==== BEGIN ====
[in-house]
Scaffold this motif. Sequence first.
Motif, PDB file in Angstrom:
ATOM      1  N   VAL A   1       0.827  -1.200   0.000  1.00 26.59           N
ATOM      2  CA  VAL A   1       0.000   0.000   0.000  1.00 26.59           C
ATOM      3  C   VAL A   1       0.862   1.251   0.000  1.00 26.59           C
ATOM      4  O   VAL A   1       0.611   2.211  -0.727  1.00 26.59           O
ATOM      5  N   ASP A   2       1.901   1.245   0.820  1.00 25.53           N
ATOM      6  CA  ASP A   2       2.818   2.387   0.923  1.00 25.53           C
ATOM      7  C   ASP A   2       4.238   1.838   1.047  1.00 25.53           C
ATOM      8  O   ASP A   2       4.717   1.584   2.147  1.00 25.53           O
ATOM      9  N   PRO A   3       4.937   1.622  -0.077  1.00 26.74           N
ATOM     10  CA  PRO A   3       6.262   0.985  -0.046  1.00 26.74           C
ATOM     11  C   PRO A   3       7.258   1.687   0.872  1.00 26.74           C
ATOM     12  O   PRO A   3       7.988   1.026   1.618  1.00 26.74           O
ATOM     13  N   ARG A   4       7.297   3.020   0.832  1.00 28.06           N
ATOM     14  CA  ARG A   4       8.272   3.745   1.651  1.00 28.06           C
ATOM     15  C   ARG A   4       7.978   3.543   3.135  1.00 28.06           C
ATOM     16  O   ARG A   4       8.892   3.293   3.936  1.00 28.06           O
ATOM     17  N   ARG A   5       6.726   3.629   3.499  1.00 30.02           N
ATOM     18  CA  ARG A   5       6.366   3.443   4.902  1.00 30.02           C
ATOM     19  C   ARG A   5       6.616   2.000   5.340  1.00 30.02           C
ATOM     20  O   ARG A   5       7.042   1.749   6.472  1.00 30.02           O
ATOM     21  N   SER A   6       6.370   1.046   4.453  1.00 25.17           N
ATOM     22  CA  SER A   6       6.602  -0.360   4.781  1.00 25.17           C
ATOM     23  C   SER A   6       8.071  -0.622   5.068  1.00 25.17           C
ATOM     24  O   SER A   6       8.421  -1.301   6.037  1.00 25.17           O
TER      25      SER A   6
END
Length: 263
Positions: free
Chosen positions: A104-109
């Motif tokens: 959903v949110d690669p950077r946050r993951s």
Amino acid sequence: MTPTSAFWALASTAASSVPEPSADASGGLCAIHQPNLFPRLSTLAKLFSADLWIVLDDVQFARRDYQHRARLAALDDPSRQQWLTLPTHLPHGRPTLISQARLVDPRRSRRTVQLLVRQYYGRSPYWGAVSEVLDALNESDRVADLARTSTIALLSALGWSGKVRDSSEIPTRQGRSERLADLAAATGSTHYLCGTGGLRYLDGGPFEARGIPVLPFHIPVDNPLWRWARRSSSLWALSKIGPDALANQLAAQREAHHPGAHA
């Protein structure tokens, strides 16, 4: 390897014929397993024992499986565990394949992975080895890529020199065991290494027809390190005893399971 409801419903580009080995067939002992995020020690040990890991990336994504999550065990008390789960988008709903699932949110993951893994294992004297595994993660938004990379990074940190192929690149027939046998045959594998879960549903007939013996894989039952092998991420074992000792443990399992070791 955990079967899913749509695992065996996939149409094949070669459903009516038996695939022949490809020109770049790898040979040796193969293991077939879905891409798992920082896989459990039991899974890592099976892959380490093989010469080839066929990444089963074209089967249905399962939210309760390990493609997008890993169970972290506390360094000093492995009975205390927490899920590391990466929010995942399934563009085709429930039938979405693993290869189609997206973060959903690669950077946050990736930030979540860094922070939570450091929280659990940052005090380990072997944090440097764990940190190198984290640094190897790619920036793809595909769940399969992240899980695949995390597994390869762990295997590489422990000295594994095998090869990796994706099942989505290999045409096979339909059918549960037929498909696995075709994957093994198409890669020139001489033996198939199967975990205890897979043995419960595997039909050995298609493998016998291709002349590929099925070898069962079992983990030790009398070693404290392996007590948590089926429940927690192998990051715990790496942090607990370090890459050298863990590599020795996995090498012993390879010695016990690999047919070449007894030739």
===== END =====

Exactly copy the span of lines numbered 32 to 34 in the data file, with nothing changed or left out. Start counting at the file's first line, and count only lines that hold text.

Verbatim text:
Chosen positions: A104-109
């Motif tokens: 959903v949110d690669p950077r946050r993951s």
Amino acid sequence: MTPTSAFWALASTAASSVPEPSADASGGLCAIHQPNLFPRLSTLAKLFSADLWIVLDDVQFARRDYQHRARLAALDDPSRQQWLTLPTHLPHGRPTLISQARLVDPRRSRRTVQLLVRQYYGRSPYWGAVSEVLDALNESDRVADLARTSTIALLSALGWSGKVRDSSEIPTRQGRSERLADLAAATGSTHYLCGTGGLRYLDGGPFEARGIPVLPFHIPVDNPLWRWARRSSSLWALSKIGPDALANQLAAQREAHHPGAHA